Are comment sections really all they’re made out to be? While most news organizations welcome user feedback in some form or another, the debate is far from settled as to whether comments help or hurt online newspapers. Intended to encourage intelligent online discussion—but often dominated by vicious trolls, or users who post inflammatory statements for no reason other than to provoke others—comment sections clearly have both their pros and cons.
In an article from the Animal New York website, which is currently redesigning its format, Joel Johnson asserts that most comments are not intellectually stimulating or educational, but rather just spam and “drive-by internet hate.”
“Comments are a dinner party,” Johnson writes. “If I’ve invited you to have a seat at my table, at least have the courtesy to not call me an idiot for serving you food slightly different than you preferred…”
Johnson also suggests that the cost of monitoring comments outweighs the editorial benefit that insightful comments might bring.
He writes, “comments are likely a cost-of-doing-business for most content sites, not a revenue generator. This has been somewhat known for years for any high-volume site that is forced to require human content moderation—humans cost money, whether they are hand-moderating content, shepherding conversation, or building automated tools to allow user-moderated content.”
In response to Animal New York’s take, however, Gigaom counters that though comments can be offensive, they are “the equivalent of free speech” and “serve a similar purpose—to keep those in power honest, and to enhance our online lives in much the same way that democracy does offline.”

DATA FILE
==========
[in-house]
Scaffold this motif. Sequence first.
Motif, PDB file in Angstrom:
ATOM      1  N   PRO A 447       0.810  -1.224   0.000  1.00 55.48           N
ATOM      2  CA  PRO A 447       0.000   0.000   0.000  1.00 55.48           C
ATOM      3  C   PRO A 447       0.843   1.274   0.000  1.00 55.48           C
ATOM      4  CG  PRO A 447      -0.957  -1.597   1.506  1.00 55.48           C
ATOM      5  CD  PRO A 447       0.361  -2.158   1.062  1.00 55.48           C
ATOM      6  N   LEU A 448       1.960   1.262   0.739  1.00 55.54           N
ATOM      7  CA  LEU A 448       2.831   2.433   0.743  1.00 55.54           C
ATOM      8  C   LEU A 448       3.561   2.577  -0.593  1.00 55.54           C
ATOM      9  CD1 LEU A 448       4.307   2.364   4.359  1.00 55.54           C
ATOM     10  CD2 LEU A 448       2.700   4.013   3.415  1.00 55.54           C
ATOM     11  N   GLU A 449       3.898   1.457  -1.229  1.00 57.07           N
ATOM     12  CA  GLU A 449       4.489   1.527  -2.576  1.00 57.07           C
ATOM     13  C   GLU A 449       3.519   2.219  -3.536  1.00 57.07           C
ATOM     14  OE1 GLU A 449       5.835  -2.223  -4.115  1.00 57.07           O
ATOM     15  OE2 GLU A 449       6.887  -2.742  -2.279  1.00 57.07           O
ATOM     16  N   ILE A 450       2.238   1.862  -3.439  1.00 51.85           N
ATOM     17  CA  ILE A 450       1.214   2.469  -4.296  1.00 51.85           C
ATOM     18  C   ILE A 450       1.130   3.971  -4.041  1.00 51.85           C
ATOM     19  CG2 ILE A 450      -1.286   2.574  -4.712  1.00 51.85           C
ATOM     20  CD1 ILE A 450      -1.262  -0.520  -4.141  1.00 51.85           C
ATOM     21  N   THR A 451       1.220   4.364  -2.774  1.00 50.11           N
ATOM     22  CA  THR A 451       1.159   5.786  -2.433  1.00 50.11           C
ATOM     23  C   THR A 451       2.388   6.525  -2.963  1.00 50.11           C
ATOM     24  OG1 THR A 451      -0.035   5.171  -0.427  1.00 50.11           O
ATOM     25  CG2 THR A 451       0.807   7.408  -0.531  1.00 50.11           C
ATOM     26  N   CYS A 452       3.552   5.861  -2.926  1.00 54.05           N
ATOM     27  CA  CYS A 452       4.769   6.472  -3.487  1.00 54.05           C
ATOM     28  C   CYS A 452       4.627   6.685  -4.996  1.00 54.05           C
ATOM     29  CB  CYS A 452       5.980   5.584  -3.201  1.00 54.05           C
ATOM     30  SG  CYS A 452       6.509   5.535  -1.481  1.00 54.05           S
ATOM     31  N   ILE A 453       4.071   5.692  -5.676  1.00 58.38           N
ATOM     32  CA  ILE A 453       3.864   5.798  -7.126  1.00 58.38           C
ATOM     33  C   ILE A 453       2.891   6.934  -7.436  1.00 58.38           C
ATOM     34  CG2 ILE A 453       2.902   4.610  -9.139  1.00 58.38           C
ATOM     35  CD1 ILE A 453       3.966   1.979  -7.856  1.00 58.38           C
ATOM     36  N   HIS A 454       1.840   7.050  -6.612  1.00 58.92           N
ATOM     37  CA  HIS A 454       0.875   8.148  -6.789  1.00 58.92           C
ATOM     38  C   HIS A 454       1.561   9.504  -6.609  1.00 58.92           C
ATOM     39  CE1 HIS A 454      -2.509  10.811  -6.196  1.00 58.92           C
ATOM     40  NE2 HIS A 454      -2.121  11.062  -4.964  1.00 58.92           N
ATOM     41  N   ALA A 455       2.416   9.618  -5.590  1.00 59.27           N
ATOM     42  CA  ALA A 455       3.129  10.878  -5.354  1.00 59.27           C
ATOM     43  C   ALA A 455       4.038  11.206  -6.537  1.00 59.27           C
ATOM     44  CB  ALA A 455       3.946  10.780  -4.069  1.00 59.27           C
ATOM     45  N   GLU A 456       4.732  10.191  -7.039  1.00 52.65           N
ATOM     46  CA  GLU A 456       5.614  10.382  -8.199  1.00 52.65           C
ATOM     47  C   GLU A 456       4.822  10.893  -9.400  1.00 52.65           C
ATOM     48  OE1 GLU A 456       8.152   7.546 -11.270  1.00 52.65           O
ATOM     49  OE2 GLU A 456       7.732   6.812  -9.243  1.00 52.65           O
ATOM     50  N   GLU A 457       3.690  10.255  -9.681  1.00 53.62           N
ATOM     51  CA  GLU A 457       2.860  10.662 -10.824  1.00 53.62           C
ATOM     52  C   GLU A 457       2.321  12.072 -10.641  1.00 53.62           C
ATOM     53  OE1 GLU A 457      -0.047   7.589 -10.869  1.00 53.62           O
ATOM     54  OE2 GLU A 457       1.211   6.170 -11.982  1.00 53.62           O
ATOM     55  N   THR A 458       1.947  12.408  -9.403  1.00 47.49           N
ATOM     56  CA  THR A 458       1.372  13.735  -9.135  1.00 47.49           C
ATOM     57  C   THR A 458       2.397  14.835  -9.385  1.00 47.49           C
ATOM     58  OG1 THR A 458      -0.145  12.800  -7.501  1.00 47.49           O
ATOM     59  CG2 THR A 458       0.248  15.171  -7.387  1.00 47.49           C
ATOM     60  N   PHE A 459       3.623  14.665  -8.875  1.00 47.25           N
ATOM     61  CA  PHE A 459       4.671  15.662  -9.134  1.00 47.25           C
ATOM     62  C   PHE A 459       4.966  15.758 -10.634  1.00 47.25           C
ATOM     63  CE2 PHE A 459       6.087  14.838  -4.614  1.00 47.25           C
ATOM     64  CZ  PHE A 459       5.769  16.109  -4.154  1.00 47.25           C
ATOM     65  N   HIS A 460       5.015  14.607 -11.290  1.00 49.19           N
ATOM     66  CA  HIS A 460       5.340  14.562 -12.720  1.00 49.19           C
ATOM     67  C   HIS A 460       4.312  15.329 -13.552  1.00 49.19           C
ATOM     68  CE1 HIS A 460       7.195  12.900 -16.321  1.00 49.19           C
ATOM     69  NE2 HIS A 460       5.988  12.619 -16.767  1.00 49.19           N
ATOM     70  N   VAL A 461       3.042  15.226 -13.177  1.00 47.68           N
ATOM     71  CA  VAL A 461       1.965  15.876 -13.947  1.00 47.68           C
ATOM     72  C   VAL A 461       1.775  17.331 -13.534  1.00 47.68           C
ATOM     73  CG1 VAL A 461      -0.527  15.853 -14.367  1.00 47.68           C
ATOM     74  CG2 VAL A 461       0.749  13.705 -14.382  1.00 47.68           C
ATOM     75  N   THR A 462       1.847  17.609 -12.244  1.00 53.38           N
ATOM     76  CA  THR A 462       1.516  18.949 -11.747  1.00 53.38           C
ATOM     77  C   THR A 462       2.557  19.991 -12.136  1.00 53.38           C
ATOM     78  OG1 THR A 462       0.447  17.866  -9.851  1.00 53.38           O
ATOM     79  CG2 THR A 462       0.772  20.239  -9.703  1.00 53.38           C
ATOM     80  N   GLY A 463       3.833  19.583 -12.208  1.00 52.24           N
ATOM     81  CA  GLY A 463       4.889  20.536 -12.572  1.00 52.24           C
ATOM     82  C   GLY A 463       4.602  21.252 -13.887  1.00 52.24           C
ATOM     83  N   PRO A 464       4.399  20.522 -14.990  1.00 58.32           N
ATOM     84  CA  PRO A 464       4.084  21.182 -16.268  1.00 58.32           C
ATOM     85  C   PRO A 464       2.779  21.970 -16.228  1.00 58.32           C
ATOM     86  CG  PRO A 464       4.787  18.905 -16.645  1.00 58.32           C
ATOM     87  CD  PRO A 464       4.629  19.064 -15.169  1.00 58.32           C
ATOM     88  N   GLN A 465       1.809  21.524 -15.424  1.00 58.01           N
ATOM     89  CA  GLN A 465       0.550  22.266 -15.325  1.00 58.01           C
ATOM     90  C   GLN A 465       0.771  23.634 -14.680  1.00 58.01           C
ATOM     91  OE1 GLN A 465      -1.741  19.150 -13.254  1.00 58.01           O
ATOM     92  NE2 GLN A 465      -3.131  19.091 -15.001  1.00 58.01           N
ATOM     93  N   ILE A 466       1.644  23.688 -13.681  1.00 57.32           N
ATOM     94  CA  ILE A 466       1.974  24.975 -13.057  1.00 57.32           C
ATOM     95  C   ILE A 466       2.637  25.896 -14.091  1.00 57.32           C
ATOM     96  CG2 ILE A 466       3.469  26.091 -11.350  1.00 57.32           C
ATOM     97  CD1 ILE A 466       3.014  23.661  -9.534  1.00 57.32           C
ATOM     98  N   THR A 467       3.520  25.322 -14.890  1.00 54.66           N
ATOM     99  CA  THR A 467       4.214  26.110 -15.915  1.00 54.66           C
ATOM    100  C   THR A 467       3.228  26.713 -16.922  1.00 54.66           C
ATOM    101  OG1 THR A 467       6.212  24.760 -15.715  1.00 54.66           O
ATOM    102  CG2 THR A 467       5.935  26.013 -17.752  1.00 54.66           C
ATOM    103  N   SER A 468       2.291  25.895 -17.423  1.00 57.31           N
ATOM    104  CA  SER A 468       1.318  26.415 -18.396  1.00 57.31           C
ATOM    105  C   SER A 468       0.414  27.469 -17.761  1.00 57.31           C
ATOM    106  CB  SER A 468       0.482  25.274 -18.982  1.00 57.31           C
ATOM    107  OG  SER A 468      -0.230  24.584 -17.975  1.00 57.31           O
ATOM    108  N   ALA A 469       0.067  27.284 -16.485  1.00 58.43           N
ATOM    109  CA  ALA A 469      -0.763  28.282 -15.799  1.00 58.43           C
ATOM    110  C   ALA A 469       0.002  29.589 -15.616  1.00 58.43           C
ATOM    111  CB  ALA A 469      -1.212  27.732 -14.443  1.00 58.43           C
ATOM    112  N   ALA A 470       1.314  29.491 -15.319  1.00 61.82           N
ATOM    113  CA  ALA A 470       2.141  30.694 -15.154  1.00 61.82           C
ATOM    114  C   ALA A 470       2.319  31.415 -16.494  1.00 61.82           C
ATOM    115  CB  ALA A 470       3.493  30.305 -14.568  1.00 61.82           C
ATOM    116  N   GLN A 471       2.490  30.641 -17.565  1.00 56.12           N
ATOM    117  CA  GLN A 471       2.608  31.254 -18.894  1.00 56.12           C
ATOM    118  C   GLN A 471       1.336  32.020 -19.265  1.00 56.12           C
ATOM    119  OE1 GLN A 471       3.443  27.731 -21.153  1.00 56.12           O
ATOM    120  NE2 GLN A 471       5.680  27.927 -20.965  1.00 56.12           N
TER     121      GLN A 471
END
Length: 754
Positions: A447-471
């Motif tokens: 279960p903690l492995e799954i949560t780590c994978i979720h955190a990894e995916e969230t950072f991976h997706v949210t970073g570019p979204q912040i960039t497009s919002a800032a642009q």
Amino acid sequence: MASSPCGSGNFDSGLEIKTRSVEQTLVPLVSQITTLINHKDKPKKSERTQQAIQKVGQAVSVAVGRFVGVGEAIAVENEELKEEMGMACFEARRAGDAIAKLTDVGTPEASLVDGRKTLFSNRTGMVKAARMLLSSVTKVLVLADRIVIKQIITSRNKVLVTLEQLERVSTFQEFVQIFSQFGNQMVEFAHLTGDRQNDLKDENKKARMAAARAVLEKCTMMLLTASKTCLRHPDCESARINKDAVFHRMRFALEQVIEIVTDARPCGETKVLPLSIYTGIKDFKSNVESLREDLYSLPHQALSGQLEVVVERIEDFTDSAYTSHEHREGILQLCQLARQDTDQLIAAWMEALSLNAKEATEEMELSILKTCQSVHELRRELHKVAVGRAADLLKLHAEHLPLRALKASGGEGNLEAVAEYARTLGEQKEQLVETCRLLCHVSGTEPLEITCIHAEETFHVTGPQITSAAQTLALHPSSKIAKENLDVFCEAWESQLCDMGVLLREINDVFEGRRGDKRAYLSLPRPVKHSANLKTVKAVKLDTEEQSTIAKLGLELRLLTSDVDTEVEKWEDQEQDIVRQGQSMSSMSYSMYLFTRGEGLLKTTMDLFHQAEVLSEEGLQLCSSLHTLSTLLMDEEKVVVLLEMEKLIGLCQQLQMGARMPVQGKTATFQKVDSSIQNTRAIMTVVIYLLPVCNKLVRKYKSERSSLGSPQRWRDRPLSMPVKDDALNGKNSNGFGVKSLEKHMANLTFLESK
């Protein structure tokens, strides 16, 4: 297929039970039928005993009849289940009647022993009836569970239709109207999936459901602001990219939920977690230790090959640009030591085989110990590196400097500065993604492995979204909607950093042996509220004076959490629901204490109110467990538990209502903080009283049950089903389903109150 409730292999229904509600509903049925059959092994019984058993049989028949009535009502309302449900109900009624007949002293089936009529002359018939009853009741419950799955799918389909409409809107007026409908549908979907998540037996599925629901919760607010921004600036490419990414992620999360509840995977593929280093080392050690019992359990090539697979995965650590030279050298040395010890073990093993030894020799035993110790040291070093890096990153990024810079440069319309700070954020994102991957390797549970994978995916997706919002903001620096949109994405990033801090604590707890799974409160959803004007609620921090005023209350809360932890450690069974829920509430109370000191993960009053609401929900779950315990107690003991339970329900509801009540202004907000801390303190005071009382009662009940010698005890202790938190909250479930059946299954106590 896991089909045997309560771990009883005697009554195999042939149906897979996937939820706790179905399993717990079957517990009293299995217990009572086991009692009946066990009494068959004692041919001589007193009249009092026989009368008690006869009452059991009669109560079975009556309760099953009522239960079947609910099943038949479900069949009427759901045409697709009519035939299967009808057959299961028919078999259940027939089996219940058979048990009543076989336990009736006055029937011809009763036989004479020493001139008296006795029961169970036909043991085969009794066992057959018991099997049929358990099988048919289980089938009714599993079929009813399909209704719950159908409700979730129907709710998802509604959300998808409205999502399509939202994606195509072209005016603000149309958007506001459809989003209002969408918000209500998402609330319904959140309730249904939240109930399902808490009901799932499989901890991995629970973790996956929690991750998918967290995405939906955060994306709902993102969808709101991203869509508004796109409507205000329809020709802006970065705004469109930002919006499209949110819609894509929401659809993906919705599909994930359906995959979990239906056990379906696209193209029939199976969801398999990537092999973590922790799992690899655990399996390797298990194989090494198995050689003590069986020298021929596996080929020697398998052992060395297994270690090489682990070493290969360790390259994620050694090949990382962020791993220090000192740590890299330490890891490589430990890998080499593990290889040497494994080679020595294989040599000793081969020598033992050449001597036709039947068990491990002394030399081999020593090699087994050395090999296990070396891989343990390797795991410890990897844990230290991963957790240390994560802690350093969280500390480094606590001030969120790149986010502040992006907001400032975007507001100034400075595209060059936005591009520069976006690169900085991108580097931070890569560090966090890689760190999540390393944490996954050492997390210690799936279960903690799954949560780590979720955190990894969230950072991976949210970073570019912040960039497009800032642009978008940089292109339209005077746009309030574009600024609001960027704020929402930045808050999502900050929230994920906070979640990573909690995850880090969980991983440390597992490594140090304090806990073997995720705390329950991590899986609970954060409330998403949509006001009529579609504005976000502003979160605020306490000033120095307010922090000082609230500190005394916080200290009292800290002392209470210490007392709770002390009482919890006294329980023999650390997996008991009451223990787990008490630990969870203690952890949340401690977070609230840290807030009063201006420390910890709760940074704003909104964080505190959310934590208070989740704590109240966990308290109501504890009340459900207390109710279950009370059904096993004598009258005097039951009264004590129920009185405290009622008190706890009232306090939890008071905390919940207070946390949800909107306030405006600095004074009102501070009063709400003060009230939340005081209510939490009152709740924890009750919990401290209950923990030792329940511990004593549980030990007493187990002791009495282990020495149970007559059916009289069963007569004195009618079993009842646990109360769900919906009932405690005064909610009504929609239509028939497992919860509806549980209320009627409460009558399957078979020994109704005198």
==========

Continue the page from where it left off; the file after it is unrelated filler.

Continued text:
The article suggests that it is the responsibility of the author or site monitor to control the direction of comment threads, rather than of users. Eliminating comments would in turn eliminate the online community users find on the site, driving them to comment on personal blogs or other sites with minimal traffic and essentially suppressing debate, the article said.
Perhaps the most intriguing question, though, is how many online users actually read or contribute to comment sections. Is the online commenting community really that influential in terms of overall website traffic? Or is the percentage of overall readers so small that it wouldn’t make much of a difference to get rid of the feature completely?
A digital media survey conducted by Kantar Media in ten countries found that the percentage of online users reading comment sections ranged from 26-47% of total users, according to a press release. Latin American countries had the highest percentages of comment readership (47% in Brazil, 44% in Argentina, 41% in Mexico) while the UK had 35%.
The survey also examined the amount of users who contribute to comment threads, finding that a much lower percentage of users actually comment (5-17%). In the UK, only 12% of online users contribute comments, the press release said.
Kantar Media Head of TGI International Geoff Wicken said in the release, “Today's digital world has enabled consumers to move from being passive recipients of news coverage to playing an interactive role in how news is distributed. While the doomsayers take this to signal the end of the traditional newspaper, savvy publishers understand that they need to encourage and engage with people providing content.”
US newspaper sites were not included in the Kantar Media survey, according to the press release.
Though the reasoning behind comment sections is admirable, the practical application is clearly replete with a host of problems. If a news website does not have the manpower and editorial savvy to direct threads by closely monitoring comments, is it financially wise to continue to allow comments? Maybe not, but at this juncture in the restructuring of the journalism industry, news organizations seem to feel the greater risk is in alienating online users.